The audience for the presentation is graduate-level faculty, most of whom have earned terminal degrees in their areas of professional specialization. Averaging more than twice the median age of the student body, the typical faculty member completed his or her formal education a decade or more before the onset of the computer revolution. Unlike the typical student who has grown up in the digital age, the faculty are largely unaware of, or under-impressed by, the challenges and threats facing an educational institution in 2007.
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Complicating the instructional context is the nature of the institution. As a seminary training men and women for ministry at the masters and doctoral level, the underlying heart-felt presumption is that students and faculty will act honorably and ethically in public and in private. There is a persistent sense of trust that makes it more difficult to put in place the security measures needed to safeguard against those who would do harm.
This topic would be ideal for a campus-wide, half-day interactive workshop where issues could be introduced and discussed, with sufficient time for participants to understand seriousness of the threat and the need for a personal and institutional response.
Threat Situations and Responses
One does not have to own a computer for very long to become aware of the threat posed by computer viruses. These malicious, self-replicating software programs are designed to infect individual computers and networks by invisibly attaching themselves to executable software programs (Computer Virus, n.d.). Some viruses are little more than a nuisance; others are incredibly destructive, potentially and irredeemably damaging hardware, software and data. While the Internet is often blamed for encouraging the development and dissemination of computer viruses, the first viruses were in fact created in the mid 1980s – almost a full decade before the Internet was born (The History, n.d.).
Every computer user, regardless of whether they are connected to the Internet, must invest in virus-checking software to monitor for the presence of these hidden threats, trap them before they are able to do damage, and clean them from the system. Popular anti-virus programs include products from market-leaders McAfee Incorporated, Symantec Corporation, and Microsoft . Of equal importance to the installation of virus software is a continuing commitment to keep the software up to date. Virus developers continue to try to outwit system defenses, and virus software must be able to respond to the most current threats.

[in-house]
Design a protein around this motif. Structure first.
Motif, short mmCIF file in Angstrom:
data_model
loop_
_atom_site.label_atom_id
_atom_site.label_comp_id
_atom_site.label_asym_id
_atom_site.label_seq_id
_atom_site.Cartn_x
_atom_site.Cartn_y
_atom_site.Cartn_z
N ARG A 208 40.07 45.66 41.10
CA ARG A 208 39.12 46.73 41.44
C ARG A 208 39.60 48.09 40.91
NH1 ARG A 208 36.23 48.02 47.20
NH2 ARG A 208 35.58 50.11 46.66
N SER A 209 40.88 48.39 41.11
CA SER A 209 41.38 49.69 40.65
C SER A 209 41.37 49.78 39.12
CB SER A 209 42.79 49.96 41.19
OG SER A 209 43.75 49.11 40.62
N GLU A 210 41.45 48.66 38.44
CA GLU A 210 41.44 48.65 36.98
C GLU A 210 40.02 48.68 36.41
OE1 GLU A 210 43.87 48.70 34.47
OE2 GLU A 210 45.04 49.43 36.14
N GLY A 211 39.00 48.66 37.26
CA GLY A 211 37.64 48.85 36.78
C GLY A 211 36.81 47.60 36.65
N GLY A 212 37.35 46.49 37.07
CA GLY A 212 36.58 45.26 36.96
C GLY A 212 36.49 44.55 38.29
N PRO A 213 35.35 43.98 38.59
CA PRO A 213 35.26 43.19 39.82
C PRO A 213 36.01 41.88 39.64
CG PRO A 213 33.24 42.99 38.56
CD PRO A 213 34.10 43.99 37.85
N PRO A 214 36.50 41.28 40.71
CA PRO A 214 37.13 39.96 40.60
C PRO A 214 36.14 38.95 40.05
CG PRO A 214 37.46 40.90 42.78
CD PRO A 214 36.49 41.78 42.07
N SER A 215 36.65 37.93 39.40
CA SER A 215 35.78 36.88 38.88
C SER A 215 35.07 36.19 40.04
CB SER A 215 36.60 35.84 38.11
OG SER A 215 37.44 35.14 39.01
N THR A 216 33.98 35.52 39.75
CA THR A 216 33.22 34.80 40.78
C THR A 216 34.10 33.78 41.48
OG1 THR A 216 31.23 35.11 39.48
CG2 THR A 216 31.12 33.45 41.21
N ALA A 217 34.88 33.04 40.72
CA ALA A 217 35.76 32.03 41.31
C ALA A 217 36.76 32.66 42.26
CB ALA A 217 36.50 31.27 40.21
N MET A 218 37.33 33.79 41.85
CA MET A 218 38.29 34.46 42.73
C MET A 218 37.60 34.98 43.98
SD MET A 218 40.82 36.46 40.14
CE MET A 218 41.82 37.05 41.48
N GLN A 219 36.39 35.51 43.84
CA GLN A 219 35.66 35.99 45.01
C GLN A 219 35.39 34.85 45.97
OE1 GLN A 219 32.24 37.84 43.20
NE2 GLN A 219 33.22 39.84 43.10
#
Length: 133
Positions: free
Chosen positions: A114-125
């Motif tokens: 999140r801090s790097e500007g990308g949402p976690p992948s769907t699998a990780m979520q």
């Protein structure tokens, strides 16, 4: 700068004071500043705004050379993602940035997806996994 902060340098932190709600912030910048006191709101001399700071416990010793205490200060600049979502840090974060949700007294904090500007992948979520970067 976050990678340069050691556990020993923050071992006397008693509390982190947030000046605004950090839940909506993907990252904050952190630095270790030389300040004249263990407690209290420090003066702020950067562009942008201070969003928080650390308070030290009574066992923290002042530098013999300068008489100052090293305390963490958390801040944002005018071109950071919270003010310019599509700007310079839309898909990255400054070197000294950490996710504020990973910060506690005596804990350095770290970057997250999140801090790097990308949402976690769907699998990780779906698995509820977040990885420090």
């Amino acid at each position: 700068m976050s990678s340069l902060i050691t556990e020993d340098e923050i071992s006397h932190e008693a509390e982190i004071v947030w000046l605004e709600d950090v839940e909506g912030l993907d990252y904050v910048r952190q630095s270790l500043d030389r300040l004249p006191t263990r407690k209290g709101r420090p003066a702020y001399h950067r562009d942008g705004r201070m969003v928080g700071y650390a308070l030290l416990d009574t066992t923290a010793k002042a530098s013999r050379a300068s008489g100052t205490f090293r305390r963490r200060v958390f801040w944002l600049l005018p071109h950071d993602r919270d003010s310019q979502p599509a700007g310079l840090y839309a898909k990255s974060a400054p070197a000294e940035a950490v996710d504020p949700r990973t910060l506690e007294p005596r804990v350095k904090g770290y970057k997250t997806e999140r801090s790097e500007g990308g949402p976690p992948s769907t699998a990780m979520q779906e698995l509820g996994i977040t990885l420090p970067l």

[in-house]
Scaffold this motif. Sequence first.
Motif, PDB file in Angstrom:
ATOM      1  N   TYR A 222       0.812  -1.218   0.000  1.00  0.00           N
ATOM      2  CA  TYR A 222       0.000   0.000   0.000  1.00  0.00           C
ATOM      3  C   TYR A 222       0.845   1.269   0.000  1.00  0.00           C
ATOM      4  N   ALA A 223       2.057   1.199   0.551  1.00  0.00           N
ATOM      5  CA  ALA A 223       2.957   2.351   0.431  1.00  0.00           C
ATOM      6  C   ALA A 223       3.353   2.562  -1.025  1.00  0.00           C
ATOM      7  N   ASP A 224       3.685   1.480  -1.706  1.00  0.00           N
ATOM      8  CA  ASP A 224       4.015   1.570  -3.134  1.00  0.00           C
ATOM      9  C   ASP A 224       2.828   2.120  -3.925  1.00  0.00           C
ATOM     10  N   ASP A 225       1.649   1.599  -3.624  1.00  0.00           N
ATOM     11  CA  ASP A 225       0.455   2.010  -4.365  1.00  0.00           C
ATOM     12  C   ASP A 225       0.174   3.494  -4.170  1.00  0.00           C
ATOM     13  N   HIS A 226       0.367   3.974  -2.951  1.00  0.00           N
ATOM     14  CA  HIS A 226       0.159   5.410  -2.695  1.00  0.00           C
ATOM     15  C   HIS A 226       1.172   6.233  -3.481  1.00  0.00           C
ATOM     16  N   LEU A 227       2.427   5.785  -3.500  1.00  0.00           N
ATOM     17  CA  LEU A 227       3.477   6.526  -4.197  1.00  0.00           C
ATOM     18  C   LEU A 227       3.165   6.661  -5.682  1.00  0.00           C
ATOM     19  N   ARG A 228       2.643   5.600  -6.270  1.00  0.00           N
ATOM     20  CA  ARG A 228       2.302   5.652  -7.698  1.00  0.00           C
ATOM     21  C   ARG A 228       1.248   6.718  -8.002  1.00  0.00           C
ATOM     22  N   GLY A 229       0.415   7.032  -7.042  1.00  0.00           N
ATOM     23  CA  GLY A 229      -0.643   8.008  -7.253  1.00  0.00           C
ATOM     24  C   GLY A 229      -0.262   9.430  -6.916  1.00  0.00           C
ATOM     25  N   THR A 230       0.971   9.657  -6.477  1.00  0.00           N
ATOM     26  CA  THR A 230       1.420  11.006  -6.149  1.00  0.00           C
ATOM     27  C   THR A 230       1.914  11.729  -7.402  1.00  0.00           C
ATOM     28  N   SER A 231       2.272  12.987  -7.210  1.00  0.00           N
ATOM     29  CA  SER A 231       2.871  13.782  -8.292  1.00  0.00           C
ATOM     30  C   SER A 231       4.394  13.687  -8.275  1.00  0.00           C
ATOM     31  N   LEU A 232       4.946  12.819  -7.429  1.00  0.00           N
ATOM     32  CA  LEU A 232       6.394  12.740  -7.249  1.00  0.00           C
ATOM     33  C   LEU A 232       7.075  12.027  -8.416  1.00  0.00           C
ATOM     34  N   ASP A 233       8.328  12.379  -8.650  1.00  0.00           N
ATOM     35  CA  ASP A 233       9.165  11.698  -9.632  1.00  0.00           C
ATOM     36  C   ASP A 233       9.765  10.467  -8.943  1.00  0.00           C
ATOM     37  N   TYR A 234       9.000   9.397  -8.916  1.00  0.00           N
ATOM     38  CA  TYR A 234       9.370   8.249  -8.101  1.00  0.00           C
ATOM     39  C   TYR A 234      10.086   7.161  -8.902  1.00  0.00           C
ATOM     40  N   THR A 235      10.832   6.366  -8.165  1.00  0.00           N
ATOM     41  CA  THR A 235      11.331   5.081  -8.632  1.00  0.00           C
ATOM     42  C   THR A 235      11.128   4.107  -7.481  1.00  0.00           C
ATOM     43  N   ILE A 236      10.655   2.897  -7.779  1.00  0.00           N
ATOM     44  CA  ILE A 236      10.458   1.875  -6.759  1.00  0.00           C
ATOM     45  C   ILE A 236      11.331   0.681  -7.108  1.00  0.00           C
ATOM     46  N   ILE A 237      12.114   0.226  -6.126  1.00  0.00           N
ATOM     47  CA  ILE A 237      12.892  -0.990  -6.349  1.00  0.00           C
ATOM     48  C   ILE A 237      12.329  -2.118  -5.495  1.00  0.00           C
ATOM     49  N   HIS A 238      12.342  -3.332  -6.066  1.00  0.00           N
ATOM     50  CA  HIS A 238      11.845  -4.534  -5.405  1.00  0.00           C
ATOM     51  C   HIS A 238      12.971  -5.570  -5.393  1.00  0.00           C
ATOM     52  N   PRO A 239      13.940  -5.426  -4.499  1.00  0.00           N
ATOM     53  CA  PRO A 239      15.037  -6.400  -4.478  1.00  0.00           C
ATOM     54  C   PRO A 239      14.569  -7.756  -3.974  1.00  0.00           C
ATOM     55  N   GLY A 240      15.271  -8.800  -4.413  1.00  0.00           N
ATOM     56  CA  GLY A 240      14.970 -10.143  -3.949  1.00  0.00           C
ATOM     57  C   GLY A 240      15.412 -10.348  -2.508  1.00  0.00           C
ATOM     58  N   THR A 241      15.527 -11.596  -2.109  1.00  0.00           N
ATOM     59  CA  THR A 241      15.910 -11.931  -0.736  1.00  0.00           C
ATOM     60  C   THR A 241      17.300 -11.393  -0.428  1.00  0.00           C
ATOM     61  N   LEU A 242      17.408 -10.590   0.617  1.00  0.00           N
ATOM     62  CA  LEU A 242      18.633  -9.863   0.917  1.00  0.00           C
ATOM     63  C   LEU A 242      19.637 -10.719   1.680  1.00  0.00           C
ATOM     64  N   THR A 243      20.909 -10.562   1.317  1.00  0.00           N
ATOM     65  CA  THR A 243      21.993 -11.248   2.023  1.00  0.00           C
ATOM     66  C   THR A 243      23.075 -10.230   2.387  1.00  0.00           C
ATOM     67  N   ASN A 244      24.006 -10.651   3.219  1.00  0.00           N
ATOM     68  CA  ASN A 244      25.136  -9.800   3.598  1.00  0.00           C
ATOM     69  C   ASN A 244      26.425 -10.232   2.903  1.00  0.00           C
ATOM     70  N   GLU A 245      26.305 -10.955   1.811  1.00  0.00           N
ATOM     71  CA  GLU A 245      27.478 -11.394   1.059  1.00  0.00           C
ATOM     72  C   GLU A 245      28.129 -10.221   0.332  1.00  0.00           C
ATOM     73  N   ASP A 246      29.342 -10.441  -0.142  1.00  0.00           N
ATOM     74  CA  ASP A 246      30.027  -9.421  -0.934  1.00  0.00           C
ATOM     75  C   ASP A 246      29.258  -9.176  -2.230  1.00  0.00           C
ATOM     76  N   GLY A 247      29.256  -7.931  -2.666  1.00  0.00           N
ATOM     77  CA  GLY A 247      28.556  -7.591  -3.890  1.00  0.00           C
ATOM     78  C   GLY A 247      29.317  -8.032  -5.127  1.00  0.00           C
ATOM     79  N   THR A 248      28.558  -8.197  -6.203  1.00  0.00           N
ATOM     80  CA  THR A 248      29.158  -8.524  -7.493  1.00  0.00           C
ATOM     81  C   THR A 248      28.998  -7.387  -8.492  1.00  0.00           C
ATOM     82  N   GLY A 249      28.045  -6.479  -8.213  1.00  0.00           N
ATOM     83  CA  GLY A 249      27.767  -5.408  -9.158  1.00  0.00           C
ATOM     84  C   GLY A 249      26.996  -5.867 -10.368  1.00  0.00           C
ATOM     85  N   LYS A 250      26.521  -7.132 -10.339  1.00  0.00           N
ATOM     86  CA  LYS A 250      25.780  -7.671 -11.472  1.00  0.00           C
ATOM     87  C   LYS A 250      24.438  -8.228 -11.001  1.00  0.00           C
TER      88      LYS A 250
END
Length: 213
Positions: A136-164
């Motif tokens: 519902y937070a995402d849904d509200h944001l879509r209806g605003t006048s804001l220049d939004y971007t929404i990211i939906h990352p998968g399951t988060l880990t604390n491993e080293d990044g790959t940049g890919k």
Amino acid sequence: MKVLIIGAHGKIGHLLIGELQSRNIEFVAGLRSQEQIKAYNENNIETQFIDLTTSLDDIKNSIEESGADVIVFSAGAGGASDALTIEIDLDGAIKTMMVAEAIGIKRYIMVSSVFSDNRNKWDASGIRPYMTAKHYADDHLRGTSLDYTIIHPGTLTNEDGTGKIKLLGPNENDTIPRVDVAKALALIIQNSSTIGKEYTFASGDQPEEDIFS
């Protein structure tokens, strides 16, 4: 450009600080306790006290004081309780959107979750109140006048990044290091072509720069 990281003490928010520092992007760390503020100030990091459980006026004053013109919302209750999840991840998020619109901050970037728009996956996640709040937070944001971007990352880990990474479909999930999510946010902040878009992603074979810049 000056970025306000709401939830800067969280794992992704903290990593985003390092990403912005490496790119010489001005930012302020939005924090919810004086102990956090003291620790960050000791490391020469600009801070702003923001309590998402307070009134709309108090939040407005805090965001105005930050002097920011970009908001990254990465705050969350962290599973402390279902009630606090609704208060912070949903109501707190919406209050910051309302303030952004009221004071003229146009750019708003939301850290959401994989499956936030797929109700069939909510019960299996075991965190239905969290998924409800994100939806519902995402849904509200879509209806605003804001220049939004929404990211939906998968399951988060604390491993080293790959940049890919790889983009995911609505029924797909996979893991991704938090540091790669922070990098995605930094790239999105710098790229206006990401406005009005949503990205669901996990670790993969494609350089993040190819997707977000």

A second very real challenge to network integrity is posed by the too-often-romanticized computer hacker. For clarity, the Texas State Library and Archives Commission defines a computer hacker as “a malicious or inquisitive meddler who tries to discover information by poking around” (Glossary, 2001). Educational institutions are often vulnerable to hacking since many dismiss the threat. They neglect to institute the necessary security measures until they have fallen victim to hackers who may desire little more than to make you aware of the fact they defeated your security measures, or to others who may seek illicit and illegal access to critical academic or financial records. The unfortunate reality is that no school, no organization is safe from hackers simply because of their size or relative obscurity.
It is critical that everyone who connects to the Internet secure their computer or network through correctly-configured and maintained firewall protection. Firewalls restrict access to your systems to authorized personnel, and then only to the specific areas of their responsibility. Educators who are legally bound by federal statute to safeguard the privacy interests of their students, and who face serious liability problems should donor and other records be hacked, must recognize and respond to the threat hackers pose. This is one area where the in-house skills of the IT department should be buttressed by computer security specialists who focus exclusively on network protection.
Of great importance, too, in the on-going battle against hackers is a commitment to apply software patches as they are released by technology providers. These patches, and full software upgrades, often include security upgrades that close system holes that had been identified as points of system vulnerability. Even though no one welcomes the task of upgrading potentially hundreds of computers, or the licensing costs of a new software version, a realistic cost-benefit analysis almost always favors the investment. The risk that results from not responding appropriately again places a school in a position of potential liability.